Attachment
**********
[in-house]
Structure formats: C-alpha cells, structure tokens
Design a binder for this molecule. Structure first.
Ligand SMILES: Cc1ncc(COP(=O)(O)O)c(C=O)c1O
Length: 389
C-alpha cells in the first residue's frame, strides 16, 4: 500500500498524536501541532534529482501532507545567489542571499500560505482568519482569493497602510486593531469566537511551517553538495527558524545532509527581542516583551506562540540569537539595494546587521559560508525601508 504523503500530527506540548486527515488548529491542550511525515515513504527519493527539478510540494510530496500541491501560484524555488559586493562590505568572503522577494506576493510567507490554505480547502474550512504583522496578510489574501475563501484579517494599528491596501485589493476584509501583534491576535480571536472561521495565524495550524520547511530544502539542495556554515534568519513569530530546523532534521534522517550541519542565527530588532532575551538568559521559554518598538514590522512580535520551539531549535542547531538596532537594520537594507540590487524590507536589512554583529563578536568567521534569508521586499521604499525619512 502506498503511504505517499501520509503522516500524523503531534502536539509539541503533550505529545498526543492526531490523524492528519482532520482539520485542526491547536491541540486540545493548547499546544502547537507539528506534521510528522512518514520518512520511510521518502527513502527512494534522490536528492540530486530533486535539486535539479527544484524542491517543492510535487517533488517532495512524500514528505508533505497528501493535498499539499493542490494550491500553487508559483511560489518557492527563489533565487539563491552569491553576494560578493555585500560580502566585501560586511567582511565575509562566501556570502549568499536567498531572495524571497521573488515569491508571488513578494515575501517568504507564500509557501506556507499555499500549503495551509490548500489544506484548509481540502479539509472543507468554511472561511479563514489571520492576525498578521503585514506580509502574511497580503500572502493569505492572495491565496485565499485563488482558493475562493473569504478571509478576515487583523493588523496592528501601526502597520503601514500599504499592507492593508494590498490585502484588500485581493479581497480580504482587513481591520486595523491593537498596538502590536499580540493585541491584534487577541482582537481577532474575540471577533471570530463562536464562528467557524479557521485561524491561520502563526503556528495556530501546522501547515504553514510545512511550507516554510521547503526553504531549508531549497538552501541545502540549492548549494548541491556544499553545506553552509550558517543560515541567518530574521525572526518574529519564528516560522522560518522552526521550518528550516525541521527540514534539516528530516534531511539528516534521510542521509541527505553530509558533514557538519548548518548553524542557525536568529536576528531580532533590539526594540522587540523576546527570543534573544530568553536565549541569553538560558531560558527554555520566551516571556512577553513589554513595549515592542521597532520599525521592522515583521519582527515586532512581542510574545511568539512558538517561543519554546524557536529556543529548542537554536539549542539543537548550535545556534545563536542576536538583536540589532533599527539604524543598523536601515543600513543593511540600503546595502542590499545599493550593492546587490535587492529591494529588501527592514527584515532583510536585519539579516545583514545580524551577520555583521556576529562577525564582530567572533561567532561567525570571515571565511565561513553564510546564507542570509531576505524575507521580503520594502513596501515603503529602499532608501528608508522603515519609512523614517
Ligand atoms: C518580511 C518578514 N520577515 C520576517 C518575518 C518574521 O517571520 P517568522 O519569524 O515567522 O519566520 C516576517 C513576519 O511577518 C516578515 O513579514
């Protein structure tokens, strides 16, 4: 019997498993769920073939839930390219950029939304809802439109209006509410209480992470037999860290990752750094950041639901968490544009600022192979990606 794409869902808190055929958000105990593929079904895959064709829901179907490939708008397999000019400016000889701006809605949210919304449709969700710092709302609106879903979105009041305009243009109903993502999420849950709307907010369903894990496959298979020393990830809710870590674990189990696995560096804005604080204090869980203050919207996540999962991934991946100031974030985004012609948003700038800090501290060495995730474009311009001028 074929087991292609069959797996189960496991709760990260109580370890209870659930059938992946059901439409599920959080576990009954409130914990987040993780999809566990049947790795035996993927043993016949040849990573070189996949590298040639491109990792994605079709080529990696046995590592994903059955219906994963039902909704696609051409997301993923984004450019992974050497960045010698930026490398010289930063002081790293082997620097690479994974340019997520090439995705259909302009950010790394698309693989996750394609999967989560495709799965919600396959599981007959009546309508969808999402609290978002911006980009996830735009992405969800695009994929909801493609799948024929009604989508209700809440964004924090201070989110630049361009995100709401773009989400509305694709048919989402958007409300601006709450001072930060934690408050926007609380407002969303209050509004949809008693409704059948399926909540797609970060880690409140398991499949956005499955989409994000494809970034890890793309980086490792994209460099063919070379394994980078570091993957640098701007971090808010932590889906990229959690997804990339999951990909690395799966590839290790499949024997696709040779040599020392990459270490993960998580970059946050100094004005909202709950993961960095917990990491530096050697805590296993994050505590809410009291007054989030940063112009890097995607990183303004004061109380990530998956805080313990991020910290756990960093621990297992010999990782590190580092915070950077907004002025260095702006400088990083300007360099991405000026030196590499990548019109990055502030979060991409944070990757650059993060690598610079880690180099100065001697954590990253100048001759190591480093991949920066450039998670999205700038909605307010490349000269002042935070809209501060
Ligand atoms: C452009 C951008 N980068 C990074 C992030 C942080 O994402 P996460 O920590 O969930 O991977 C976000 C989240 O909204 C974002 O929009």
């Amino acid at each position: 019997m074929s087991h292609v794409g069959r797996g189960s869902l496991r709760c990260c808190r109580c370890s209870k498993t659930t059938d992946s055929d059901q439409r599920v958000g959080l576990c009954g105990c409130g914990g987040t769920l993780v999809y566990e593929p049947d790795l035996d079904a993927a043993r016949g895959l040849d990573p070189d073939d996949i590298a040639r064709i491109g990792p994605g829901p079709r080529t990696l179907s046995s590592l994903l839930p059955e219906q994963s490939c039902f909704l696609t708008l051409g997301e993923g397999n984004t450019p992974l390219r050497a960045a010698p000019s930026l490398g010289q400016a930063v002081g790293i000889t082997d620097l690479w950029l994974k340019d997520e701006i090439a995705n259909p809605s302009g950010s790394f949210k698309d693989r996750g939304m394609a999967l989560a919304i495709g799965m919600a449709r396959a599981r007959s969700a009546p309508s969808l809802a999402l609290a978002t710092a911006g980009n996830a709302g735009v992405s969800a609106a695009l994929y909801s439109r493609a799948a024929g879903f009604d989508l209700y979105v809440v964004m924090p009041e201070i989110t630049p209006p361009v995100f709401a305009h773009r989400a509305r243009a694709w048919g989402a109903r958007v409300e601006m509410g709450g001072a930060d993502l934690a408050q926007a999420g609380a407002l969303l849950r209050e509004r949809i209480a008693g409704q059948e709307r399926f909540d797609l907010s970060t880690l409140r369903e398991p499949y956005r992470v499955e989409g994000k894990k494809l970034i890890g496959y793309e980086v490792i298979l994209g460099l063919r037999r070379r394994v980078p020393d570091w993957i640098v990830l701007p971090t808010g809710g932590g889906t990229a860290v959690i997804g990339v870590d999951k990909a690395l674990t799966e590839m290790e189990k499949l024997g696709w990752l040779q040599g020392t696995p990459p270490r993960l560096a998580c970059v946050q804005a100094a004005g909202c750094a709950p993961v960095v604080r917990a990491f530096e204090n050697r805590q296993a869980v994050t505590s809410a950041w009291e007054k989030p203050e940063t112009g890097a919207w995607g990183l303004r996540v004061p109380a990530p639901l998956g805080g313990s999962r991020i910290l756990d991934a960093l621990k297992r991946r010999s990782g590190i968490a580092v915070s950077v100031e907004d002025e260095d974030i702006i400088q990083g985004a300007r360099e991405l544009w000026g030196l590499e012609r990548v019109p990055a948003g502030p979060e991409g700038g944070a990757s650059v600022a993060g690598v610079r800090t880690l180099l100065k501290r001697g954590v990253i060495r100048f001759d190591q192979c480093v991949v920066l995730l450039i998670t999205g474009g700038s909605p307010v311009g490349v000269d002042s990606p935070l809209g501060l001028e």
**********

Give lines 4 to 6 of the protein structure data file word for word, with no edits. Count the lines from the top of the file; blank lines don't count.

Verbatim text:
Ligand SMILES: Cc1ncc(COP(=O)(O)O)c(C=O)c1O
Length: 389
C-alpha cells in the first residue's frame, strides 16, 4: 500500500498524536501541532534529482501532507545567489542571499500560505482568519482569493497602510486593531469566537511551517553538495527558524545532509527581542516583551506562540540569537539595494546587521559560508525601508 504523503500530527506540548486527515488548529491542550511525515515513504527519493527539478510540494510530496500541491501560484524555488559586493562590505568572503522577494506576493510567507490554505480547502474550512504583522496578510489574501475563501484579517494599528491596501485589493476584509501583534491576535480571536472561521495565524495550524520547511530544502539542495556554515534568519513569530530546523532534521534522517550541519542565527530588532532575551538568559521559554518598538514590522512580535520551539531549535542547531538596532537594520537594507540590487524590507536589512554583529563578536568567521534569508521586499521604499525619512 502506498503511504505517499501520509503522516500524523503531534502536539509539541503533550505529545498526543492526531490523524492528519482532520482539520485542526491547536491541540486540545493548547499546544502547537507539528506534521510528522512518514520518512520511510521518502527513502527512494534522490536528492540530486530533486535539486535539479527544484524542491517543492510535487517533488517532495512524500514528505508533505497528501493535498499539499493542490494550491500553487508559483511560489518557492527563489533565487539563491552569491553576494560578493555585500560580502566585501560586511567582511565575509562566501556570502549568499536567498531572495524571497521573488515569491508571488513578494515575501517568504507564500509557501506556507499555499500549503495551509490548500489544506484548509481540502479539509472543507468554511472561511479563514489571520492576525498578521503585514506580509502574511497580503500572502493569505492572495491565496485565499485563488482558493475562493473569504478571509478576515487583523493588523496592528501601526502597520503601514500599504499592507492593508494590498490585502484588500485581493479581497480580504482587513481591520486595523491593537498596538502590536499580540493585541491584534487577541482582537481577532474575540471577533471570530463562536464562528467557524479557521485561524491561520502563526503556528495556530501546522501547515504553514510545512511550507516554510521547503526553504531549508531549497538552501541545502540549492548549494548541491556544499553545506553552509550558517543560515541567518530574521525572526518574529519564528516560522522560518522552526521550518528550516525541521527540514534539516528530516534531511539528516534521510542521509541527505553530509558533514557538519548548518548553524542557525536568529536576528531580532533590539526594540522587540523576546527570543534573544530568553536565549541569553538560558531560558527554555520566551516571556512577553513589554513595549515592542521597532520599525521592522515583521519582527515586532512581542510574545511568539512558538517561543519554546524557536529556543529548542537554536539549542539543537548550535545556534545563536542576536538583536540589532533599527539604524543598523536601515543600513543593511540600503546595502542590499545599493550593492546587490535587492529591494529588501527592514527584515532583510536585519539579516545583514545580524551577520555583521556576529562577525564582530567572533561567532561567525570571515571565511565561513553564510546564507542570509531576505524575507521580503520594502513596501515603503529602499532608501528608508522603515519609512523614517